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Shakespeare Merchant Of Venice Essay Research Paper

Shakespeare Merchant Of Venice Essay, Research Paper Portia is Definitely a Man s Name Why must we label some women s jobs while men s aren t? A basketball team needs to be changed to the women s basketball team when women participate. Women operate as the other in society, many being unacknowledged and treated as such.

Shakespeare Merchant Of Venice Essay, Research Paper

Portia is Definitely a Man s Name

Why must we label some women s jobs while men s aren t? A basketball team needs to be changed to the women s basketball team when women participate. Women operate as the other in society, many being unacknowledged and treated as such. Judging by some of Shakespeare s works, it seems this same social placement existed in his time. Through examination of Jessica s escape from her father and Portia s conceding to her royalty in Shakespeare s Merchant of Venice, social construction and biological determinism for females can be acknowledged in their time.

Jessica faces a relationship with her father that is far from being pleasurable and plans to leave the old man s house when she can. Not only does her sex trouble her in placing her in the powerless position under her father, but her Jewish background burdens her as well. Jews were the normative unappreciated ones, just as the female population. She feels humiliated to be Shylock s daughter as these encumbrances are laid on her to put her near the bottom of the constructed society. Our house is hell Alack, what heinous sin it is in me/To be ashamed to be my father s child! (45-47). When Jessica explains the situation of her house, she is not only expressing her sorrow for Lancelot s departure as their servant, but she gives an idea about her relationship with her father and her desire to leave. She calls it a sin to be in her position because she not only needs to live in her father s patriarchy, but she has to deal with being mistreated as a female and a Jew. Jews and females were the normative other , cutting her off from any credit as a woman or a person. Being Shylock s daughter, she is a subject in the system of the power that is in her father s hands. Her issues are more deep-rooted with being Shylock s offspring. the sins of the father are to be laid upon the children (107). Jessica agrees with Lancelot she was molded from the same clay as Shylock, although she refuses be the same. She is led to believe her life has been biologically determined as the child of this money lending Jew. To her, becoming a Christian with marrying Lorenzo would perhaps save her soul, but she fears her father s sin is too perplexed to be cleansed from her. Not only can she not escape her place as a woman, but she also feels that her father s sins cannot flee her. There is but one hope in it that can do you any good, and that is but a kind of bastard hope neither That were a kind of bastard hope indeed (107-109). Jessica and Lorenzo use the word bastard in a sense that can have two meanings. She can either literally become a bastard with the death of her father, or her escape from her father will free her from her entrapment. Her elopement with Lorenzo sparks a new love within her, washing away her family-bound guilt. As opposed to escape from her struggle, Portia gives into the system of power and finds happiness within it.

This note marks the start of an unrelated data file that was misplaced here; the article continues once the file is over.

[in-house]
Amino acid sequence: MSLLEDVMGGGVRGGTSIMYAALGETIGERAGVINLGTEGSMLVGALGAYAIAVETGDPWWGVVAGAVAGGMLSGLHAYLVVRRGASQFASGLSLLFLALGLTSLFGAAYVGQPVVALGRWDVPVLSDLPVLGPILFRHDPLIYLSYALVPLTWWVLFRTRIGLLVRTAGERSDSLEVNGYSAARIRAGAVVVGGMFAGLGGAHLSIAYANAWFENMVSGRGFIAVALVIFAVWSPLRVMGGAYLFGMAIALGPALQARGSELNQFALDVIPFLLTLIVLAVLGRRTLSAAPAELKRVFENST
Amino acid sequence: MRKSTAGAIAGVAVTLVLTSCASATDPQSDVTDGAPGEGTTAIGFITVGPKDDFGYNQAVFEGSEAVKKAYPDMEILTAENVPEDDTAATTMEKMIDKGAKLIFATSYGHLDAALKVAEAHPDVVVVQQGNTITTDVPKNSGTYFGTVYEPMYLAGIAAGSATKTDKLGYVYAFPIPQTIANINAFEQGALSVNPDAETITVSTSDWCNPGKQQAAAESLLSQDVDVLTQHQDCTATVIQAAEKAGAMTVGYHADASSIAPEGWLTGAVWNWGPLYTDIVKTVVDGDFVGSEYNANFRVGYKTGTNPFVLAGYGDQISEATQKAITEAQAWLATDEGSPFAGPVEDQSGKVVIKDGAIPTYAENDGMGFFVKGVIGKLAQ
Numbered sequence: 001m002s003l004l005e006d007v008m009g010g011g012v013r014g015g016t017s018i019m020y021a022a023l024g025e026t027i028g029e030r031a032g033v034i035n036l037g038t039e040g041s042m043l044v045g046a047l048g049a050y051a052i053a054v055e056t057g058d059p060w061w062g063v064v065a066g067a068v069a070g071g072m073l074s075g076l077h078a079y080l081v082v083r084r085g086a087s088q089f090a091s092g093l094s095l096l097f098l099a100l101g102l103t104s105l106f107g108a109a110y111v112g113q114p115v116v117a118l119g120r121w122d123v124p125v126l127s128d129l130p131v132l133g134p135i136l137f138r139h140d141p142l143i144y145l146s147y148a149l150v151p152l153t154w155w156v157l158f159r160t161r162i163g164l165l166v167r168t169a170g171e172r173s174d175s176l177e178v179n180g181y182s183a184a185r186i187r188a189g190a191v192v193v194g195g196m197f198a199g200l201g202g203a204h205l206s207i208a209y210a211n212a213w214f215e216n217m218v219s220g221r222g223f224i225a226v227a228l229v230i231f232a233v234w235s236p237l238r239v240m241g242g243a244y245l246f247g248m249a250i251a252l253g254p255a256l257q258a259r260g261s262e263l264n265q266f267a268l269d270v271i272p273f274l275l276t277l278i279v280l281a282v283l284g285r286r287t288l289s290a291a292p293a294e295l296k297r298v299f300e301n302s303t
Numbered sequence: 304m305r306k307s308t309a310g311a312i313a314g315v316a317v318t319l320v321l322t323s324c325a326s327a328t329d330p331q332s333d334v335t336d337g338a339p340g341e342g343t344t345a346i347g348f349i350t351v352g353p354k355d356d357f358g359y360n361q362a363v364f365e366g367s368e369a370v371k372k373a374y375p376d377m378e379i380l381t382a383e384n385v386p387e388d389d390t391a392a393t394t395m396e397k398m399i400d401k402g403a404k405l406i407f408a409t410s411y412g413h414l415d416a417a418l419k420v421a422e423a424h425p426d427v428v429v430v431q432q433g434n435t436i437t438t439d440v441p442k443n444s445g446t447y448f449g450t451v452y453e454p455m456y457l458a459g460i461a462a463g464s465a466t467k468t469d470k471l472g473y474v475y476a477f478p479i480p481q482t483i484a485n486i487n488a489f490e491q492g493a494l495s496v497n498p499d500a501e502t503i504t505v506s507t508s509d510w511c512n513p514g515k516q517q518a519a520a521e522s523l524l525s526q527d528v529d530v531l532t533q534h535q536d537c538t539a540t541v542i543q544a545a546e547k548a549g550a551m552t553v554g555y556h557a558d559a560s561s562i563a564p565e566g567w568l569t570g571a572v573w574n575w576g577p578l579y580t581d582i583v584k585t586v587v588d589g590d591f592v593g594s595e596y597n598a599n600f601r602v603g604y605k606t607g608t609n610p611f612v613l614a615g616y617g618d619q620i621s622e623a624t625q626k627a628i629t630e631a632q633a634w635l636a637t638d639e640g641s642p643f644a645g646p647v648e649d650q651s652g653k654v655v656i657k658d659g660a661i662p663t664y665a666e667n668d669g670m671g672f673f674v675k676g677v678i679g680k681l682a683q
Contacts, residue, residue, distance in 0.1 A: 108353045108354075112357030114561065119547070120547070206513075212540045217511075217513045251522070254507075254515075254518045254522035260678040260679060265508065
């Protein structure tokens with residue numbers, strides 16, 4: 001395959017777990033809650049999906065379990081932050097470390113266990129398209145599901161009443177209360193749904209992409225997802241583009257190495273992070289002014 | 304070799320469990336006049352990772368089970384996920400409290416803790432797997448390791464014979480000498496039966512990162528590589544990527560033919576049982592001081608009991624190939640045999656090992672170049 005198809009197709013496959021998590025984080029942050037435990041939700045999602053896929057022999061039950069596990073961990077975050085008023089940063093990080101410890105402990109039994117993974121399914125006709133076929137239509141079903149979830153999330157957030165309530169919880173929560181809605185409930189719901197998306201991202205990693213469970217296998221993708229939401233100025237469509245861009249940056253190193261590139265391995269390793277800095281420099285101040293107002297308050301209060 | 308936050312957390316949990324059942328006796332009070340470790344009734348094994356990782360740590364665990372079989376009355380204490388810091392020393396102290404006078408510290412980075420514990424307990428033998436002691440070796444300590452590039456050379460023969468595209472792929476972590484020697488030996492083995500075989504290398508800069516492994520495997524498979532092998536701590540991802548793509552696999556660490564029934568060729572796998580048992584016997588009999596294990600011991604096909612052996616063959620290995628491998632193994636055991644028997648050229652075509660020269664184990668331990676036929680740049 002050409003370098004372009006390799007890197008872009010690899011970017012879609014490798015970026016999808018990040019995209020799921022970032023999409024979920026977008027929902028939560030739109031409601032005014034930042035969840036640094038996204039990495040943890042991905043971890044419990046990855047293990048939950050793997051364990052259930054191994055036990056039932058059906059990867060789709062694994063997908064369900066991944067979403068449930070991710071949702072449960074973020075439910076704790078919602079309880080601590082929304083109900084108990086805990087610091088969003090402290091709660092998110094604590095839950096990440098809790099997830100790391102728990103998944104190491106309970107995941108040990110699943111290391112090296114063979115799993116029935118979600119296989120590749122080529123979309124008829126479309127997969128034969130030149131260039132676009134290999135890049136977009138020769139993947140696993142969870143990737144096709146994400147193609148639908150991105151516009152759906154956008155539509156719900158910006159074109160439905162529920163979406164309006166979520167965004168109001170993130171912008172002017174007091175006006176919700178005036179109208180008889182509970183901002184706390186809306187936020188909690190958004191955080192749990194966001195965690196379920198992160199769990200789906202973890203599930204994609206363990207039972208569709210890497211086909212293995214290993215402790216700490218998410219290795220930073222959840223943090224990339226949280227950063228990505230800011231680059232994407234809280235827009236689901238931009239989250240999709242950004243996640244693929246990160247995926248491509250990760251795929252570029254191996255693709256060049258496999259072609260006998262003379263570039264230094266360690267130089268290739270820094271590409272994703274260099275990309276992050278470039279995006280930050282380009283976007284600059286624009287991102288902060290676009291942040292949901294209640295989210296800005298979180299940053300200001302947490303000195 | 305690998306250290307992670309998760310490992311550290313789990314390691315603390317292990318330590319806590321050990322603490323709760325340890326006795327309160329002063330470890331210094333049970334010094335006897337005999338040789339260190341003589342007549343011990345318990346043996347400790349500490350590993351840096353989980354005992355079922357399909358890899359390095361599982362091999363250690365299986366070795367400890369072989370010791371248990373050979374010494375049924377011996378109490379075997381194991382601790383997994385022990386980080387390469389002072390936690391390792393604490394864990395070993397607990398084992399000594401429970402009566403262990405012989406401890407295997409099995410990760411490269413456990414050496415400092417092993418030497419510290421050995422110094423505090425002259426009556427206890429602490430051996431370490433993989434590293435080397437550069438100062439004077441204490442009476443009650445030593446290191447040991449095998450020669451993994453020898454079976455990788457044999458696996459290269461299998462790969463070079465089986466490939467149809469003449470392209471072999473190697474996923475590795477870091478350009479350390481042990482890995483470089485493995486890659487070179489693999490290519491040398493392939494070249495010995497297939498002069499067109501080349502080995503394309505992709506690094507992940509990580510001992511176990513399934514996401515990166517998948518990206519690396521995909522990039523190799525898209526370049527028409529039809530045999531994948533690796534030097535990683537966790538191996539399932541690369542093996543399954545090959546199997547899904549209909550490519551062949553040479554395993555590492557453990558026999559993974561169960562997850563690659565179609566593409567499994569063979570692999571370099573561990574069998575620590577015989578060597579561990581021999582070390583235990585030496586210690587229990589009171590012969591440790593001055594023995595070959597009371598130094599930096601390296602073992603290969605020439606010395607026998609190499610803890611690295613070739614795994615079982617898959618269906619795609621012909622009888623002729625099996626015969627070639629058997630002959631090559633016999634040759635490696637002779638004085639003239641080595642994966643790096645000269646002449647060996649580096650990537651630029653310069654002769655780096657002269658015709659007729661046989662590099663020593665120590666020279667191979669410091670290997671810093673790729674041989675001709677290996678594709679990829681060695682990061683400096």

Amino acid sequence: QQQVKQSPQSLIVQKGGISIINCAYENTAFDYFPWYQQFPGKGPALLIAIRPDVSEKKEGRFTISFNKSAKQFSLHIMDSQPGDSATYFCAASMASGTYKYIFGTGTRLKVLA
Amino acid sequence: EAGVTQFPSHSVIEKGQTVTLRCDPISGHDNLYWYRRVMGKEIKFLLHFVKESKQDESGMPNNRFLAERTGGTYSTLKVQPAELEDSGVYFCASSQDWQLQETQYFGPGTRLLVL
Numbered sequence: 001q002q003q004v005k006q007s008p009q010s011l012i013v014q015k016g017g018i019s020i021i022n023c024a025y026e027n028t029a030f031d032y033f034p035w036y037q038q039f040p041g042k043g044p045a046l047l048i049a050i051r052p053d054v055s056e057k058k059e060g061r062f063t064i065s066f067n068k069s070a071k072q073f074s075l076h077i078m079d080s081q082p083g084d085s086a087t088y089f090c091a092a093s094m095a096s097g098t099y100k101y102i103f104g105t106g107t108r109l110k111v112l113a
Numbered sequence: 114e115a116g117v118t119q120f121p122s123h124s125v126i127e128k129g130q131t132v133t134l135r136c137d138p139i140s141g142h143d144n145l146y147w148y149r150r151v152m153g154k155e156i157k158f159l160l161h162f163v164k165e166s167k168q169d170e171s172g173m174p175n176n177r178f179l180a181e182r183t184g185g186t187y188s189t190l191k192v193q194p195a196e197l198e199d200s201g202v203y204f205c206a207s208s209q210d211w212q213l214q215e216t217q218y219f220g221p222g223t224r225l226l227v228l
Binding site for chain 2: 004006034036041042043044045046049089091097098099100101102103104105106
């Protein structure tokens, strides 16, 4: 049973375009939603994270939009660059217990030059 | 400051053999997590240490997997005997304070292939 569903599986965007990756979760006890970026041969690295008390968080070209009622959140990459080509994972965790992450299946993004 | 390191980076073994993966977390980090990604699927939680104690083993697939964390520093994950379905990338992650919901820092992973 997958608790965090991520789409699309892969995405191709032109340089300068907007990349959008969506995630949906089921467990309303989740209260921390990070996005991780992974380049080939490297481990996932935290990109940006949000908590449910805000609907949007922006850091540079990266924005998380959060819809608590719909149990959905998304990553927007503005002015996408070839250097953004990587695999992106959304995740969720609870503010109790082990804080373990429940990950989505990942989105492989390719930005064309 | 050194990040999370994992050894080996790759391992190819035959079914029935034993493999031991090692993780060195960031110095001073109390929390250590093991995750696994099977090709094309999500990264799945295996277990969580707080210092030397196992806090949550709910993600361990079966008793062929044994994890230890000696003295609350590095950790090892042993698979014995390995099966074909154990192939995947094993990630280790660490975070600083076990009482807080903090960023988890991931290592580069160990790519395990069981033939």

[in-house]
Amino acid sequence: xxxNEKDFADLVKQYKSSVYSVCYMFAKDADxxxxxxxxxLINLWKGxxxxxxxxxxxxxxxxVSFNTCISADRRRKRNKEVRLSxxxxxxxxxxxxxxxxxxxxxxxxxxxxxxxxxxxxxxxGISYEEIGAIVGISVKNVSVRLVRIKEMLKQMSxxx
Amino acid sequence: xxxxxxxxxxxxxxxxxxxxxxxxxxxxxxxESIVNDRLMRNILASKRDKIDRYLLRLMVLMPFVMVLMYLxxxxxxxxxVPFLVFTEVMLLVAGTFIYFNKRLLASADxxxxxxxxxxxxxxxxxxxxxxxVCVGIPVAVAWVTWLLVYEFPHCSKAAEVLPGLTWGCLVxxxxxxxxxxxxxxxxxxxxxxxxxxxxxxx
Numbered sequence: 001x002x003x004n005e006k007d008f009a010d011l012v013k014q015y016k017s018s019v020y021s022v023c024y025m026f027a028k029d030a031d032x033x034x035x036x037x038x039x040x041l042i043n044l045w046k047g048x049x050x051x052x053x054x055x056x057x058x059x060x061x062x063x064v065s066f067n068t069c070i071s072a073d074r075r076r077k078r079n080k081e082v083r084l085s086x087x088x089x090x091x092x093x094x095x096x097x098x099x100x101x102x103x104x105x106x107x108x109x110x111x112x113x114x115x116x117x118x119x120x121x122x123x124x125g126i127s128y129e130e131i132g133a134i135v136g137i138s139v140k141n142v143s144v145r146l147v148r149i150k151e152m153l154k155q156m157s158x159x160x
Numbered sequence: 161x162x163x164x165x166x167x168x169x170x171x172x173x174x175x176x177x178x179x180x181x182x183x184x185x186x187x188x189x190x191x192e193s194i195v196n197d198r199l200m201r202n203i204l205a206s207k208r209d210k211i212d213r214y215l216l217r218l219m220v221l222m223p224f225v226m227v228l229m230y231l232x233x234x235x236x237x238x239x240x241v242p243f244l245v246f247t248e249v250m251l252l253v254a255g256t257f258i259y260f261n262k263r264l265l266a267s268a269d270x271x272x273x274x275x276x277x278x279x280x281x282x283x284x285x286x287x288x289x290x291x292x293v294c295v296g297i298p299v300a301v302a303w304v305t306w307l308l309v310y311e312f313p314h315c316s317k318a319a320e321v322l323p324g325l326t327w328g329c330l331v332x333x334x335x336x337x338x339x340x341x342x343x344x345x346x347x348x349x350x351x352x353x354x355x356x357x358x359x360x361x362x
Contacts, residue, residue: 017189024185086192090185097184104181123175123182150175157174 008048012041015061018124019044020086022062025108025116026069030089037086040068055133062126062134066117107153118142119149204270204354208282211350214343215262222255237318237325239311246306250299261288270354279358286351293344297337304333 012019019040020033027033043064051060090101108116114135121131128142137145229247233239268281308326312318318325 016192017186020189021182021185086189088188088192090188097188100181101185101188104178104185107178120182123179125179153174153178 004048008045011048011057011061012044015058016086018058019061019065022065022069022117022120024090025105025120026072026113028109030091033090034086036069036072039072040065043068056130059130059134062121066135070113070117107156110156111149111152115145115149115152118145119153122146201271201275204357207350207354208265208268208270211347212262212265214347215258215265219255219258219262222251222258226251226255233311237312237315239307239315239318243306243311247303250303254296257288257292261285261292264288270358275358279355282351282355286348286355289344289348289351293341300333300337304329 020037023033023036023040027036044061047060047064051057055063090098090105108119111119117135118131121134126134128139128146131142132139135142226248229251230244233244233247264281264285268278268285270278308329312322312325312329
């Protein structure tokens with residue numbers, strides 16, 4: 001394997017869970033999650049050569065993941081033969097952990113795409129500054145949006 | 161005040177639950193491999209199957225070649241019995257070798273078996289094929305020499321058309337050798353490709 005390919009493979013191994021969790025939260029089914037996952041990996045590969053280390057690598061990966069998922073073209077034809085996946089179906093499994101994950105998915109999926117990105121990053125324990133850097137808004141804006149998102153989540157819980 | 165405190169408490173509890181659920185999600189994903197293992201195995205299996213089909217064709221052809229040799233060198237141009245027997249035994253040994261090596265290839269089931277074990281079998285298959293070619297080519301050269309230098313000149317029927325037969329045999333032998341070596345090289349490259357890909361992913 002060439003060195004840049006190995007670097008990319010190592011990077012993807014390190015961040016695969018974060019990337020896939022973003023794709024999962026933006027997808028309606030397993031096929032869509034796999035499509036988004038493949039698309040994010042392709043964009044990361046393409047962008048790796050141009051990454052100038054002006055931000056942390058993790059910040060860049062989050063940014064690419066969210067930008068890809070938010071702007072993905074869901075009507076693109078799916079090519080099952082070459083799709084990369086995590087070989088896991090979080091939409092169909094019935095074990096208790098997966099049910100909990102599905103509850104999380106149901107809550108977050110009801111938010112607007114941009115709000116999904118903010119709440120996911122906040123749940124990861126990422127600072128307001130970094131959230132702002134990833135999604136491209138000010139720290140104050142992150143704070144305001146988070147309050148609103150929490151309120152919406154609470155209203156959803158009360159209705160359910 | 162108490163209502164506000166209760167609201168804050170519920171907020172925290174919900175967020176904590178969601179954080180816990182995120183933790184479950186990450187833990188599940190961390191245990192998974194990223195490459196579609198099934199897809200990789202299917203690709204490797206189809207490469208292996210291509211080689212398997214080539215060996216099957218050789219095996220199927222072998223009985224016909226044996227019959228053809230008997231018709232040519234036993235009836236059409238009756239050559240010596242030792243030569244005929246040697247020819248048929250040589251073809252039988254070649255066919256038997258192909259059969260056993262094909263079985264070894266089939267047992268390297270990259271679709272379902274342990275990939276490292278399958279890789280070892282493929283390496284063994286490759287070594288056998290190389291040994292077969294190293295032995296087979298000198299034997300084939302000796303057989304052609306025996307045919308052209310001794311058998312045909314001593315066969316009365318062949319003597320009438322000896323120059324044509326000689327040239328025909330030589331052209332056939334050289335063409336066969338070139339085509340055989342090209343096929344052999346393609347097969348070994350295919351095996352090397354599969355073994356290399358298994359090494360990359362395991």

Portia feels trapped in her royalty, so she finds a way to work out her sadness with the suitors. Portia is also a subject of her family s power, especially her father s reign as king. Because Portia cannot escape her body as a female, she is subservient to the fact. I may neither choose who I would, nor refuse who I dislike, so is the will of a living daughter curbed by the will of a dead father (13). Instead of taking a stand as a strong-willed woman, she falls under her dead father s command that helplessly floats in the air, yet controls her. Her father would forever bend her every decision and would control her entire life. The patriarchy in her family was so strong it existed after the power of the father died with him. And yet a maiden hath no tongue but thought Beshrew your eyes! They have o erlooked me and divided me: One half of me is yours, the other half yours Mine own, I would say: but if mine then yours, And so all yours (81). When trying to persuade Bassanio to select the right casket, Portia spills not only her obvious love for him, but also how she is a slave to the male s power. As a maiden, she has no say in anything over a man; she only thinks to herself with the mouth that is sewn shut by man s speech. As she has already accepted this, she wants the one man she loves who will speak well for her. She speaks of Bassanio overlooking her that symbolizes all males putting themselves in front of females and not giving them credit for their work. Portia continues to give Bassanio full possession over her. She subsided to the whole propriety of royalty, and now she puts all her soul in his ownership.

Portia and Jessica exemplify the position of women in Shakespeare s time, whether it is trouble with the social construction or their biological place in their lives. Their actions that either submitted to or escaped from the system of power over females are the basis of many females who still partake in the refusal to stop the system and find freedom. So will this man power prevail forever? If a female reads this, thou shalt decide.

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